"It'd be tough," Lee said. "I'd flip a coin -- I'd give it to three guys, Aramis [Ramirez], Mark DeRosa and Carlos Marmol.
"Carlos really solidified our bullpen," Lee said. "'DeRo' has played so many different positions and played them well -- and that's huge for a team in versatility, and Aramis has been the most consistent hitter all year long."
Who would DeRosa give it to?
"I have a hard time not giving it to Aramis," DeRosa said. "He's one of the best clutch hitters in the game. But what Marmol did for us, it's tough not to say he's the MVP. Any time a team made a threat to get in a game, he got them out."
Curses: You'll hear and see plenty of talk about curses and how the Cubs haven't won a World Series since 1908, but the players don't care.
"All the curse talk and all that, it doesn't go on in the clubhouse," Lee said. "As a player, you don't think about it. It never even crosses your mind until you're asked the question. The confidence we have doesn't come from Lou coming in and saying there's no curse. It comes from coming together as a team, and winning tight ballgames, and winning comeback games, and winning different types of ways -- that develops confidence and I think we've showed we can win pretty much any type of game this year."
Cubs shortstop Ryan Theriot isn't worried about what's happened in the past.
"We can't control what happened the last 100 years, or maybe the past five years," Theriot said. "We can control what happens this year.
"To win here and move on to the next round and win there would put us right where we want to be," he said. "The 100 years before that, that's for the fans. We want to win for the city of Chicago. We want that for them. I'm not that old, but I know there are people out there who have been Cub fans for awhile, and they deserve a championship club. Hopefully we can give it to them."
Whether the Cubs are underdogs or favored doesn't matter either.
"In this game, there are so many variables," Theriot said. "It's not like basketball -- [Michael] Jordan is going to score at least 40, and you can bank on it. There are so many variables -- a pitcher can get a blister, a bug might fly in his eye. You control what you control, and the rest just falls into place."
Quote of the day: "I don't think experience is a big deal. I didn't have any in '02 with the Giants. Robb Nen told me, it's just like the 'Hoosier' [movie] thing -- it's still 60 feet, 6 inches to the plate, it's still 90 feet to the bases. Crowds are going to boo you when you throw ball one, they're going to cheer you when you throw strike one. If someone gets a hit, it'll be run over and over again on TV. You have to forget it a little bit and think it's the same game." -- Eyre, on whether postseason experience matters.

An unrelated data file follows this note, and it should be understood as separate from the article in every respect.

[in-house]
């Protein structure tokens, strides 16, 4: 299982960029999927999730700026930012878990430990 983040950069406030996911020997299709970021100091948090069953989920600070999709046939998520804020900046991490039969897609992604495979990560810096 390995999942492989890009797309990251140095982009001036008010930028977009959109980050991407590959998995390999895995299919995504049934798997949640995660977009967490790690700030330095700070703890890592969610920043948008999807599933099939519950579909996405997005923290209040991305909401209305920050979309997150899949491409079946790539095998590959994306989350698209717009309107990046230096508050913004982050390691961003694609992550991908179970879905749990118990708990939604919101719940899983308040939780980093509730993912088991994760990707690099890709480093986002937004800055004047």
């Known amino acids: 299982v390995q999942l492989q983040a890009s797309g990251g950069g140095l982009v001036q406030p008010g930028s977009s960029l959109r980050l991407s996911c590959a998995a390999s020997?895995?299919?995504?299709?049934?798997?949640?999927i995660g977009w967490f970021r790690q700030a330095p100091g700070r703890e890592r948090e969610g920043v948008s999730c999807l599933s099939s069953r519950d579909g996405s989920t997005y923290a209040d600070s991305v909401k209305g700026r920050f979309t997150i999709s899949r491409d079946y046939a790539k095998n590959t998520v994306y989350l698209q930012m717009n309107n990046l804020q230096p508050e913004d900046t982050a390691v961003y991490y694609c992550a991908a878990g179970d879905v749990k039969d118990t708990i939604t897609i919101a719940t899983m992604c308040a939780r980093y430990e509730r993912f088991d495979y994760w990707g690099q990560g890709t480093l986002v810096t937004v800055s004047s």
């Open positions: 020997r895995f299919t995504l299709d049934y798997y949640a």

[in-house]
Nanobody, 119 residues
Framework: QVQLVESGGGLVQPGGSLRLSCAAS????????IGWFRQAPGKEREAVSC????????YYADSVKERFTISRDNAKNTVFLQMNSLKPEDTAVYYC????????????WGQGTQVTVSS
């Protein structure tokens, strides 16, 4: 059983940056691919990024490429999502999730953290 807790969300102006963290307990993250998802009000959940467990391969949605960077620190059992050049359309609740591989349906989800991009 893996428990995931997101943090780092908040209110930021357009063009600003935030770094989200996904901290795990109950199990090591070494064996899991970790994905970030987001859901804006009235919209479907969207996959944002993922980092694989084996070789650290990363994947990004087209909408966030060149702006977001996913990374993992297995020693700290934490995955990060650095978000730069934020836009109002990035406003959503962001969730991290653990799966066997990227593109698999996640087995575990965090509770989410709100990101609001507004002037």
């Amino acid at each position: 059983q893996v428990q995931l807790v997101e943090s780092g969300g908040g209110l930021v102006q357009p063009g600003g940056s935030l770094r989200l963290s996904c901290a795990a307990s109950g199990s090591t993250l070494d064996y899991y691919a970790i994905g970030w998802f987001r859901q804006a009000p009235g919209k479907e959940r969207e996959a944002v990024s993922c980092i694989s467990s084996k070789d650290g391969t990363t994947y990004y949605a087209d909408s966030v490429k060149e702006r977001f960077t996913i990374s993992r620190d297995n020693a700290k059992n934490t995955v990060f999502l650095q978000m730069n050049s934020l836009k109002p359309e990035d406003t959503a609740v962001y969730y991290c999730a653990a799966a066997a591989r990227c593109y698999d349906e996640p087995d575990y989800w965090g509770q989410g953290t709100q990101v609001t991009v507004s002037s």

Alum: When Wood makes an appearance, he will be the 20th player to appear for the Cubs in at least three different postseasons. The most recent members of the club were Stan Hack (four years) and Phil Cavarretta (three years) in 1945.
The list of players who appeared in four postseasons includes: Mordecai Brown, Frank Chance, Hack, Gabby Hartnett, Johnny Kling, Orval Overall, Jack Pfiester, Ed Reulbach, Charlie Root, Wildfire Schulte, Jimmy Sheckard, Harry Steinfeldt and Joe Tinker.
The list of players who appeared in three postseasons includes: Cavaretta, Frank Demaree, Johnny Evers, Billy Herman, Solly Hofman, and Billy Jurges.
Wood pitched in one game in 1998, and four in 2003, but all of those were starts.
Extra bases: Alfonso Soriano said his right quad is 100 percent physically, but he's going to be careful. "Mentally, I remember what happened in August with my leg," he said of the injury. "Now it's the playoffs, and I don't want to think about what happened in August and I want to try to play 100 percent with my leg." ... Zambrano has had some problems with cramping, but his personal trainer Frank Alvarez said he doesn't know why. "He drinks lots of fluids," Alvarez said. ... Angel Guzman underwent Tommy John surgery on his right elbow, and will spend the offseason rehabbing in Arizona at the Cubs facility. ... Tickets for a potential National League Championship Series will go on sale Thursday via the Internet at cubs.com and by telephone through Tickets.com. ... The Cubs played in front of more than six million fans over the season, totaling a franchise record 6,172,642 (3,252,642 home, 2,920,333 road). The previous high was 6,053,021 set in 2004.
On deck: Zambrano (18-13, 3.95 ERA) will start Game 1 of the National League Division Series on Wednesday against Arizona and Brandon Webb (18-10, 3.01 ERA).
Carrie Muskat is a reporter for MLB.com. This story was not subject to the approval of Major League Baseball or its clubs.